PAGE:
Myfascial Pain


KNOT DETECTIVE

Neuromuscular & Trigger Point Therapy


This information is not intended to provide medical advice or to replace the advice of a licensed physician. Portions of this information, however, may be used to provide material to your physician for review.

How common is myofascial pain syndrome?

Myofascial pain occurs in about 85% of people sometime during their life. Even this high percentage may not be accurate. Myofascial pain is often underdiagnosed, misdiagnosed or overlooked because it’s hidden in another type of diagnosis such as headache, neck and shoulder pain, pelvic pain, limb pain or nerve pain syndrome.

Men and women are equally affected, though middle-aged inactive women are at the highest risk.

Retrieved from https://my.clevelandclinic.org/health/diseases/12054-myofascial-pain-syndrome

Where does myofascial pain syndrome most commonly occur?

Myofascial pain and trigger points can develop in any muscle in the body. However, the most commonly affected muscles are those in the upper back, shoulder and neck. These muscles include the:

  • Sternocleidomastoid: This large muscle helps rotate your head to the opposite side and flexes your neck. It is located on both sides of your neck, running from your skull behind your ear area to your collarbone and breast bone.

  • Trapezius: This large, broad, flat triangular back muscle tilts and turns your head and neck, shrugs and steadies your shoulders, and twists your arms. The muscle extends from the base of your skull to the middle of your back.

  • Levator scapulae: This pair of strap-like muscles help raise and rotate each of your shoulder blades. They run from the first four cervical vertebra to the top edge of your shoulder.

  • Infraspinatus: This triangular muscle, located on the back side of each of your shoulder blades, helps rotate and stabilize your shoulder joints. It’s one of four muscles of the rotator cuff.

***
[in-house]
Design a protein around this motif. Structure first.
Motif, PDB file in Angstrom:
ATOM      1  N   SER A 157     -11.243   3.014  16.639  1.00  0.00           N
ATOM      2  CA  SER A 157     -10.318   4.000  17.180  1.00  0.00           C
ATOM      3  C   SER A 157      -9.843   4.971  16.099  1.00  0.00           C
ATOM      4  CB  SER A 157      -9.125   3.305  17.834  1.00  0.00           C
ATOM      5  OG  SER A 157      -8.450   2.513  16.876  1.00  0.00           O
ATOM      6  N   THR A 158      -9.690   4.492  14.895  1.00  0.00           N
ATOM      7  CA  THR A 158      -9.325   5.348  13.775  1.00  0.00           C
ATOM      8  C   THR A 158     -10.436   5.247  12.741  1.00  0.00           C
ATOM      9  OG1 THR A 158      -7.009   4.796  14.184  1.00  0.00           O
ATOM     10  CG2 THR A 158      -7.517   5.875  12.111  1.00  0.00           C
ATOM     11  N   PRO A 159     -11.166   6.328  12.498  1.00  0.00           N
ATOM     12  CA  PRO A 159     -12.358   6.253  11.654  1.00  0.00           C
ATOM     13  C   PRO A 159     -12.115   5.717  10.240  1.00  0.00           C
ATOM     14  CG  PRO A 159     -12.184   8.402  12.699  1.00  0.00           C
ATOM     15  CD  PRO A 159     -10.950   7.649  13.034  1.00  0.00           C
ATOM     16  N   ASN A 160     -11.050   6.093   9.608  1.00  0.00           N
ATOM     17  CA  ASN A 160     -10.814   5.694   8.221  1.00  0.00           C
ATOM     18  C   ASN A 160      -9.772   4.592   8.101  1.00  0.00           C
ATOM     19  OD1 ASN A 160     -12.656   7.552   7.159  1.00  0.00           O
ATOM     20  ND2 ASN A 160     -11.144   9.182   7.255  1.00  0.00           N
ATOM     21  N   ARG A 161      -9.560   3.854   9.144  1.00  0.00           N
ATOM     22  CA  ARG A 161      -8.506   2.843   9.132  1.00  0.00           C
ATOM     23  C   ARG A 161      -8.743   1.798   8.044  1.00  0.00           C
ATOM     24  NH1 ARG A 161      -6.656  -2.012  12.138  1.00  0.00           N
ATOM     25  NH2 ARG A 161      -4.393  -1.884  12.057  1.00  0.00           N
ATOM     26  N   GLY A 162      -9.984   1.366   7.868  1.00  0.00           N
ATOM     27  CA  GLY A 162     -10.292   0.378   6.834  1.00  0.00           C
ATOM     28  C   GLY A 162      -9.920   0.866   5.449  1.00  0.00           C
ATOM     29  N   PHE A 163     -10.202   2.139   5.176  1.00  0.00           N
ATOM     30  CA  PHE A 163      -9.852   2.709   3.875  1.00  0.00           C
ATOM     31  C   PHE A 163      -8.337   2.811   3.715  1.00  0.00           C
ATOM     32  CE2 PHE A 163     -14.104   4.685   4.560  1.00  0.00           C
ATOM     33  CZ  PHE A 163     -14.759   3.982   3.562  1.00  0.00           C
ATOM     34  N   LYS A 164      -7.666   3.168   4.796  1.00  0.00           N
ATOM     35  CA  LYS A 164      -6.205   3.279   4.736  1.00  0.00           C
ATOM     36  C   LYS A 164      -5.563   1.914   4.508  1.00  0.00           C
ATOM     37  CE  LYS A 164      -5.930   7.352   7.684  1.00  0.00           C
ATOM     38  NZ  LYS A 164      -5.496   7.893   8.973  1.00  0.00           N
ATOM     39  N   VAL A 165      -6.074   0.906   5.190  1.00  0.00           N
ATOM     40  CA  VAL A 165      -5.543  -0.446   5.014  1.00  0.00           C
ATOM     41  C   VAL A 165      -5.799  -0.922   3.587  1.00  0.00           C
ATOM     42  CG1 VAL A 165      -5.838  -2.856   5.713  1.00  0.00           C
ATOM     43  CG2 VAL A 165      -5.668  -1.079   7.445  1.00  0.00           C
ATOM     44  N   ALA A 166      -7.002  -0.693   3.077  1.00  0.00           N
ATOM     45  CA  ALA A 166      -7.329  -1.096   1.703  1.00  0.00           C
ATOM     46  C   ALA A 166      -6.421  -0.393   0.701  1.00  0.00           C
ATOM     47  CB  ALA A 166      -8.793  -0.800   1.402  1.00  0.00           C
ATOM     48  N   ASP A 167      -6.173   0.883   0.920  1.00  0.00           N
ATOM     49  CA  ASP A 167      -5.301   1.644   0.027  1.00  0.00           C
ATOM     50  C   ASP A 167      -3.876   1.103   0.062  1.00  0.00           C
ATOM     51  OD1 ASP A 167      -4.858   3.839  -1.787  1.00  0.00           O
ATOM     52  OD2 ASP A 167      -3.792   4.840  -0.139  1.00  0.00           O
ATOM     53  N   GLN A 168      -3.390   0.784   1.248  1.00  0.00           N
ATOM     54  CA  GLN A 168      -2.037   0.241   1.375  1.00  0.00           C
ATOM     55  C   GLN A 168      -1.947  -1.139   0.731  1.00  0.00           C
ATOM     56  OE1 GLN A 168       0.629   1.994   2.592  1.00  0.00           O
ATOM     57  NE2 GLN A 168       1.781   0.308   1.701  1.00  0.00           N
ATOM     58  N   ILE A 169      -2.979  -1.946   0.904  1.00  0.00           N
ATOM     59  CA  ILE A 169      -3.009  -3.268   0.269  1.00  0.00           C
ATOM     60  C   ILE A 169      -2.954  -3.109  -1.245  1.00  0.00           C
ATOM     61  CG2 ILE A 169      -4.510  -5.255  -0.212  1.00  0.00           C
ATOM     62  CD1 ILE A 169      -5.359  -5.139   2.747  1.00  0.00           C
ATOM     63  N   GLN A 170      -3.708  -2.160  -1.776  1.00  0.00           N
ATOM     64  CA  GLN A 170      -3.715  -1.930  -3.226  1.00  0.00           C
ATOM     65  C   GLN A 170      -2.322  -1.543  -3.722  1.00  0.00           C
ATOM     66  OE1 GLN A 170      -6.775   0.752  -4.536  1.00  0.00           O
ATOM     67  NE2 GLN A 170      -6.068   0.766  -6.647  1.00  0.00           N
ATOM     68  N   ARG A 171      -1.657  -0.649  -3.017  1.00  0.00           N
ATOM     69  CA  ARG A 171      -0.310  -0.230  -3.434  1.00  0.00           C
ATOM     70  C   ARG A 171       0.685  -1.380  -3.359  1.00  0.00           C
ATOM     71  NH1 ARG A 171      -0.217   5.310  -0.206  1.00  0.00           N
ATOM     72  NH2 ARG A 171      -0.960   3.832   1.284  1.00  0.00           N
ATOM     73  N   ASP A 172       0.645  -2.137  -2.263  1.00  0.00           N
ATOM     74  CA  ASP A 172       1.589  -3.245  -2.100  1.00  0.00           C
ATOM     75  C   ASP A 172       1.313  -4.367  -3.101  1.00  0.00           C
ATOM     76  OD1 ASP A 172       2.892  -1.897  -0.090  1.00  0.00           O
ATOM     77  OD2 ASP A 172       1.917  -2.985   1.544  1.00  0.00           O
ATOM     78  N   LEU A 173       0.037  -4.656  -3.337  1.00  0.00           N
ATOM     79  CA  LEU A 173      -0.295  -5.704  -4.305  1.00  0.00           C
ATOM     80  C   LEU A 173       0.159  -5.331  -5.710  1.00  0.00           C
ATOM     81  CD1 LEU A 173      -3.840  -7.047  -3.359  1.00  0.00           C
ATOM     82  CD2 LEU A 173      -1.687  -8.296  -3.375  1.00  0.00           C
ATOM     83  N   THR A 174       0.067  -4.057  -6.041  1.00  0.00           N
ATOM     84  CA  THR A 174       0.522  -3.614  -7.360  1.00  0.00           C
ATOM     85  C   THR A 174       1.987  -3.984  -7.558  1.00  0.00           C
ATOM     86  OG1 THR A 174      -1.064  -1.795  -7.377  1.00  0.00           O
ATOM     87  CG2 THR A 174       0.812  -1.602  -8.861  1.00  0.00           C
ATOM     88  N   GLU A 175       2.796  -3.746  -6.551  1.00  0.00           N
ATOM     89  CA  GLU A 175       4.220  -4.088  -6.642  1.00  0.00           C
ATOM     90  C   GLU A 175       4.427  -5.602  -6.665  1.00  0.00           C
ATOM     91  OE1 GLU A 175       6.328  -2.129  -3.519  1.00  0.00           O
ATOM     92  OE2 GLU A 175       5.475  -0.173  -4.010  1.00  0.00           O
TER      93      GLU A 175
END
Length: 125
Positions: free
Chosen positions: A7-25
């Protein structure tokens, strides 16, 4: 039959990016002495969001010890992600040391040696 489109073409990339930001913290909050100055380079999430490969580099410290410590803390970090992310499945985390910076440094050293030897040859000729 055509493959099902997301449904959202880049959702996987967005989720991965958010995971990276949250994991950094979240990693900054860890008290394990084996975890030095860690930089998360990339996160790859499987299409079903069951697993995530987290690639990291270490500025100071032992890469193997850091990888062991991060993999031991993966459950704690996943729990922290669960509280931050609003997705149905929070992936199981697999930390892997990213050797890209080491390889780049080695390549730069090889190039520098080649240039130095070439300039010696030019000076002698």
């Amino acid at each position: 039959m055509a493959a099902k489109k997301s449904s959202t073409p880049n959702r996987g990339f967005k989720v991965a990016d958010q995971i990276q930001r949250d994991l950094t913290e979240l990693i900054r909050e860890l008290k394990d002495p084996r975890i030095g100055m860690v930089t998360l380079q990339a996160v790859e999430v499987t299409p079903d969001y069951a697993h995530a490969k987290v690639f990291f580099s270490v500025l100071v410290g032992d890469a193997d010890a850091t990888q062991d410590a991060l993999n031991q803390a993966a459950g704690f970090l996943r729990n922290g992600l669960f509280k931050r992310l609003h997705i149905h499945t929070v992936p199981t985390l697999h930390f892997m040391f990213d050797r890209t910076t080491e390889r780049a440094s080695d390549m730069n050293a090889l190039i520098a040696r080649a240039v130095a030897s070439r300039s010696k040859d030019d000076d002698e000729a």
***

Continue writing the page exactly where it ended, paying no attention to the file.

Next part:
• Rhomboids: This pair of upper back muscles pull your shoulder blades together when they contract and attach the upper limbs to your shoulder blade. These muscles run diagonally from the neck and chest vertebrae of the spine down to the back of the shoulder blades.

Retrieved from https://my.clevelandclinic.org/health/diseases/12054-myofascial-pain-syndrome


What are the symptoms of myofascial pain syndrome?

Symptoms are different for each person with myofascial pain syndrome. Sometimes the pain happens suddenly and all at once, and that is called a “flare-up” of symptoms. At other times it’s a constant, dull pain that sort of lingers in the background.

Symptoms of myofascial pain syndrome include:

  • Pain that’s described as deep aching, throbbing, tight, stiff or vice-like.

  • Trigger points (a small bump, nodule or knot in the muscle that causes pain when touched and sometimes when it’s not touched).

  • Muscles that are tender or sore.

  • Weakness in the affected muscle(s).

  • Reduced range of motion in the affected areas (e.g., you may be unable to completely rotate your shoulder).

People with myofascial pain syndrome often have other health problems that coincide. Commonly reported problems include: